These spaces focused on profiling and emulating the key characteristics and quirks of a location, to create a space people can respond and warm to.
For Fred Perry in Covent Garden, the approach was more tailored, and the requirements more specific. This was a client with a clear idea of what they didn’t want. In the reception, this meant avoiding the traditional reception desk/waiting area format altogether. And without screaming the brand, the firm wanted a front of house space for their HQ that spoke about its core values and rich history.
“Our starting point was the laurel logo,” White explains. “In a way, it’s an elitist approach to the brand, and in a way it’s a discreet one: nowhere in the reception does it say Fred Perry, so you will only know it’s the HQ if you are already familiar with the brand.”
A giant laurel was sculpted from 18mm plywood, and using laser cutting, extended into a seating area and reception desk, making one snaking continuum of the logo profile that retreats from the glass front window. Sculpted by a furniture maker in Cambridge, it took a series of prototypes to demonstrate the concept of morphing furniture and brand to form a centrepiece.
“The installation allowed us to keep the rest of the entrance space a clear white box, with a simple row of mounted black and white photographs depicting Fred Perry, the laurel leaf, the tennis racquet – the starting points of the brand,” says White. This simple décor is complemented with robust wooden floors and industrial steel ceiling panels.
“The office is right there as you come out of the underground station, and with such high visibility it was important to get the visual impact of the window just right,” says White.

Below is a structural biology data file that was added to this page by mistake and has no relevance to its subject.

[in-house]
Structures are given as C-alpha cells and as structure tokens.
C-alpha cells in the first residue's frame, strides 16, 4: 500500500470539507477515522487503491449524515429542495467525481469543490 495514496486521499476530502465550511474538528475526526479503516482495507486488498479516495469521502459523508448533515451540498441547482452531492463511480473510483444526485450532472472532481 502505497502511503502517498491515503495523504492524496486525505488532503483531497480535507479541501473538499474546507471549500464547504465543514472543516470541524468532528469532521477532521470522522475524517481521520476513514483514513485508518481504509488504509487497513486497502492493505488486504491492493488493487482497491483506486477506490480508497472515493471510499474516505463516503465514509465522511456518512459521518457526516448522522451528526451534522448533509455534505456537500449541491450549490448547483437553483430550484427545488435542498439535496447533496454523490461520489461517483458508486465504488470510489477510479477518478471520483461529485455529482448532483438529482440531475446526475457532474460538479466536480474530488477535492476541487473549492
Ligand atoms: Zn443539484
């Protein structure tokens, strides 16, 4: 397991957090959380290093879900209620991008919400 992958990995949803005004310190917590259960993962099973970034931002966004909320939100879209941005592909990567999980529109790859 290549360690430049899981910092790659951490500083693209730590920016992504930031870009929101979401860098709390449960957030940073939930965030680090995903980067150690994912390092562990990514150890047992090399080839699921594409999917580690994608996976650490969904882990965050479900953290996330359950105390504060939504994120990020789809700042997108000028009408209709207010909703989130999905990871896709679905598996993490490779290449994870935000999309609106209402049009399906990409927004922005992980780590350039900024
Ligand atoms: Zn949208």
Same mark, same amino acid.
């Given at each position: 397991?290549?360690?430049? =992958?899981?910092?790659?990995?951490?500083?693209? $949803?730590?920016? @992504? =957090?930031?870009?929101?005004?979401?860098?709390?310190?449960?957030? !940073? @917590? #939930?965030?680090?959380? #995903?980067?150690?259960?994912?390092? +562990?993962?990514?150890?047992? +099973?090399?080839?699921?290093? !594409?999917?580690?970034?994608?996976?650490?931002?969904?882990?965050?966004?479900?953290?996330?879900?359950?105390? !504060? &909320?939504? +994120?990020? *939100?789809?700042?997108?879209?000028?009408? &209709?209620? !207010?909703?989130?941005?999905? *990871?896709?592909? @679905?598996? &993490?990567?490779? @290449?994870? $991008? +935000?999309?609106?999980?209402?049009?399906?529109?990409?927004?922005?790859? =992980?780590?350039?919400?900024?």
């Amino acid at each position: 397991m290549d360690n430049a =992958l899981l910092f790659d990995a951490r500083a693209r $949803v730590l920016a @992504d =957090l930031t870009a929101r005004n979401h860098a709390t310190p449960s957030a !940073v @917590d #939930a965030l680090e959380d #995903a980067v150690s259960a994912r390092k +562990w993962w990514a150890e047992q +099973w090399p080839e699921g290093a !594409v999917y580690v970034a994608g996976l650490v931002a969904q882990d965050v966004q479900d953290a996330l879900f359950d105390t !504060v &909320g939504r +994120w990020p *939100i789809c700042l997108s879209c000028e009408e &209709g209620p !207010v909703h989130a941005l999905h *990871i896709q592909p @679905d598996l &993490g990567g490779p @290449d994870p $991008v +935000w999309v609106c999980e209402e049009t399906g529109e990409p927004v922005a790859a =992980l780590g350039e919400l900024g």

Branding for end users is not a new string to the Buckley Gray Yeoman bow: it recently designed the front of house space in Covent Garden’s Long Acre for Channel 5, incorporating plasma screens partly obscured behind glass and a mixture of reflective and back-lit glass panelling.
“We wanted to create an entrance that was a bit more subversive, not a straightforward showcase for the channel,” says Yeoman. It’s a subtle, pared-back approach to branding that sets office design apart from retail space, but as White explains, there are some shared traits.
Fred Perry stores, for example, utilise found objects in their shop displays, making the stores feel like more personalised, less formatted affairs. “With the ceilings in the Fred Perry offices, we inverted the steel panels so they jut outwards; the effect is visually interesting, as well as functional,” says White. “It’s important to avoid the raised floor suspended ceiling formula, even if it means finding more innovative solutions to providing services, to give spaces a more unusual edge.
“Our signature is probably our creative approach to the clients and buildings we work with”
“It was actually peeling back layers of this building, and discovering features that had been overlooked in past fit outs, that made this job so interesting.”
From the prolific project count – Buckley Gray Yeoman began 2010 with the completion of their 700th project to date (they were established 13 years ago) – the modest head count (circa 20 youngish employees) and the calm demeanour that presides over the practice (on the fourth floor of The Tea Building, overlooking east London) you can only deduct this is a hard-working but cool and collected outfit that places high premium on innovation.
The practice recently designed a chain of affordable serviced apartments for business/leisure in many international and European hotspots, and are also pioneering industrial work in the field of waste-to-energy units. Getting the job done may be what makes for the impressive figures, but it seems to be that staying fashionably different is what makes Buckley Gray Yeoman count.